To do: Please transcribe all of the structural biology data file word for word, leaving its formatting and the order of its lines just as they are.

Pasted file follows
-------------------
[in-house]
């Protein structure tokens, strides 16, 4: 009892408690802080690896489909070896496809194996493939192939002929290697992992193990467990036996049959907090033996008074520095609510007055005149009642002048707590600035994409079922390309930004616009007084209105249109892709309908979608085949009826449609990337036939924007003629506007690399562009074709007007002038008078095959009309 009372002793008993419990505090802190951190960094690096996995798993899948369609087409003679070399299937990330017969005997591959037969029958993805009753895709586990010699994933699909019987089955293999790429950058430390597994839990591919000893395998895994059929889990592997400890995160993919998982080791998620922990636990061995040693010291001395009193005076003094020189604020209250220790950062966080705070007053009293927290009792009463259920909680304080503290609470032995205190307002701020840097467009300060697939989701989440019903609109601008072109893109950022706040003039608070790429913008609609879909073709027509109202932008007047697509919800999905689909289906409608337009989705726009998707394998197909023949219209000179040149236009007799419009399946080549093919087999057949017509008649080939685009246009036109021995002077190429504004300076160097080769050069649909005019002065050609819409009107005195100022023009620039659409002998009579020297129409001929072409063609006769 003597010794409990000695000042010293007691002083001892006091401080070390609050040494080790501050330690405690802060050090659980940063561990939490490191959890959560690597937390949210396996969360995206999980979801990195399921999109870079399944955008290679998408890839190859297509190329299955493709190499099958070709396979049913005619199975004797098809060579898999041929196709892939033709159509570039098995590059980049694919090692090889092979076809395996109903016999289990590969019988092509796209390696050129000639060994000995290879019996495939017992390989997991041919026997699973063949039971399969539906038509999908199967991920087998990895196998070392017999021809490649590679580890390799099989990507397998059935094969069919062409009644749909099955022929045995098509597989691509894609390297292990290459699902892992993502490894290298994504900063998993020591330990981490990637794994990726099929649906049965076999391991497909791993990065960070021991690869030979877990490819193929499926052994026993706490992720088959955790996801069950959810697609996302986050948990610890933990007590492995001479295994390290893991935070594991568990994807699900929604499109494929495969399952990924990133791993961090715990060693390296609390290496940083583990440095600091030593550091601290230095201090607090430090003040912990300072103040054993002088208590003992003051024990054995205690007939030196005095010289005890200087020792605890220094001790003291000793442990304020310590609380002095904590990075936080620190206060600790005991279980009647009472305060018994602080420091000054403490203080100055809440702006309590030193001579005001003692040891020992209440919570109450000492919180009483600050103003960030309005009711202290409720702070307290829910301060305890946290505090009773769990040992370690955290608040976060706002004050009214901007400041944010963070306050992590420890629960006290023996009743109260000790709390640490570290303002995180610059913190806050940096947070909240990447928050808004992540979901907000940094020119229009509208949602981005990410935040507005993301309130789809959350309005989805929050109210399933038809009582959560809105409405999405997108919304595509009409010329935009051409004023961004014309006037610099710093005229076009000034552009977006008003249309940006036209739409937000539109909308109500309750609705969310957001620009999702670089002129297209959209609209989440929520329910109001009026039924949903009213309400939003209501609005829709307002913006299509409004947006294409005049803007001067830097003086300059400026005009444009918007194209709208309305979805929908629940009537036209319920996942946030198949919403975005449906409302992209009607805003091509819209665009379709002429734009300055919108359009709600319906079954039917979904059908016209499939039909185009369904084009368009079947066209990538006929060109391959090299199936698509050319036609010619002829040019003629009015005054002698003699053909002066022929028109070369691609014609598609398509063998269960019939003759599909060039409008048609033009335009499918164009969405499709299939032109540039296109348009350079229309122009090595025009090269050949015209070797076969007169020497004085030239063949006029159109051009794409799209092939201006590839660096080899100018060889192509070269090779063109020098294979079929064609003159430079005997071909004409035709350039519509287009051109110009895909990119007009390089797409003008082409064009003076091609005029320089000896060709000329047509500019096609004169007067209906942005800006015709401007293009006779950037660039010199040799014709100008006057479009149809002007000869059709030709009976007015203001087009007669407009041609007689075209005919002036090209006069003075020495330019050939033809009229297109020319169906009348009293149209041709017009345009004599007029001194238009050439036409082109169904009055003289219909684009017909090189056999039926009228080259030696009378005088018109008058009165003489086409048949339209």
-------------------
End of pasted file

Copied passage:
[in-house]
């Protein structure tokens, strides 16, 4: 009892408690802080690896489909070896496809194996493939192939002929290697992992193990467990036996049959907090033996008074520095609510007055005149009642002048707590600035994409079922390309930004616009007084209105249109892709309908979608085949009826449609990337036939924007003629506007690399562009074709007007002038008078095959009309 009372002793008993419990505090802190951190960094690096996995798993899948369609087409003679070399299937990330017969005997591959037969029958993805009753895709586990010699994933699909019987089955293999790429950058430390597994839990591919000893395998895994059929889990592997400890995160993919998982080791998620922990636990061995040693010291001395009193005076003094020189604020209250220790950062966080705070007053009293927290009792009463259920909680304080503290609470032995205190307002701020840097467009300060697939989701989440019903609109601008072109893109950022706040003039608070790429913008609609879909073709027509109202932008007047697509919800999905689909289906409608337009989705726009998707394998197909023949219209000179040149236009007799419009399946080549093919087999057949017509008649080939685009246009036109021995002077190429504004300076160097080769050069649909005019002065050609819409009107005195100022023009620039659409002998009579020297129409001929072409063609006769 003597010794409990000695000042010293007691002083001892006091401080070390609050040494080790501050330690405690802060050090659980940063561990939490490191959890959560690597937390949210396996969360995206999980979801990195399921999109870079399944955008290679998408890839190859297509190329299955493709190499099958070709396979049913005619199975004797098809060579898999041929196709892939033709159509570039098995590059980049694919090692090889092979076809395996109903016999289990590969019988092509796209390696050129000639060994000995290879019996495939017992390989997991041919026997699973063949039971399969539906038509999908199967991920087998990895196998070392017999021809490649590679580890390799099989990507397998059935094969069919062409009644749909099955022929045995098509597989691509894609390297292990290459699902892992993502490894290298994504900063998993020591330990981490990637794994990726099929649906049965076999391991497909791993990065960070021991690869030979877990490819193929499926052994026993706490992720088959955790996801069950959810697609996302986050948990610890933990007590492995001479295994390290893991935070594991568990994807699900929604499109494929495969399952990924990133791993961090715990060693390296609390290496940083583990440095600091030593550091601290230095201090607090430090003040912990300072103040054993002088208590003992003051024990054995205690007939030196005095010289005890200087020792605890220094001790003291000793442990304020310590609380002095904590990075936080620190206060600790005991279980009647009472305060018994602080420091000054403490203080100055809440702006309590030193001579005001003692040891020992209440919570109450000492919180009483600050103003960030309005009711202290409720702070307290829910301060305890946290505090009773769990040992370690955290608040976060706002004050009214901007400041944010963070306050992590420890629960006290023996009743109260000790709390640490570290303002995180610059913190806050940096947070909240990447928050808004992540979901907000940094020119229009509208949602981005990410935040507005993301309130789809959350309005989805929050109210399933038809009582959560809105409405999405997108919304595509009409010329935009051409004023961004014309006037610099710093005229076009000034552009977006008003249309940006036209739409937000539109909308109500309750609705969310957001620009999702670089002129297209959209609209989440929520329910109001009026039924949903009213309400939003209501609005829709307002913006299509409004947006294409005049803007001067830097003086300059400026005009444009918007194209709208309305979805929908629940009537036209319920996942946030198949919403975005449906409302992209009607805003091509819209665009379709002429734009300055919108359009709600319906079954039917979904059908016209499939039909185009369904084009368009079947066209990538006929060109391959090299199936698509050319036609010619002829040019003629009015005054002698003699053909002066022929028109070369691609014609598609398509063998269960019939003759599909060039409008048609033009335009499918164009969405499709299939032109540039296109348009350079229309122009090595025009090269050949015209070797076969007169020497004085030239063949006029159109051009794409799209092939201006590839660096080899100018060889192509070269090779063109020098294979079929064609003159430079005997071909004409035709350039519509287009051109110009895909990119007009390089797409003008082409064009003076091609005029320089000896060709000329047509500019096609004169007067209906942005800006015709401007293009006779950037660039010199040799014709100008006057479009149809002007000869059709030709009976007015203001087009007669407009041609007689075209005919002036090209006069003075020495330019050939033809009229297109020319169906009348009293149209041709017009345009004599007029001194238009050439036409082109169904009055003289219909684009017909090189056999039926009228080259030696009378005088018109008058009165003489086409048949339209």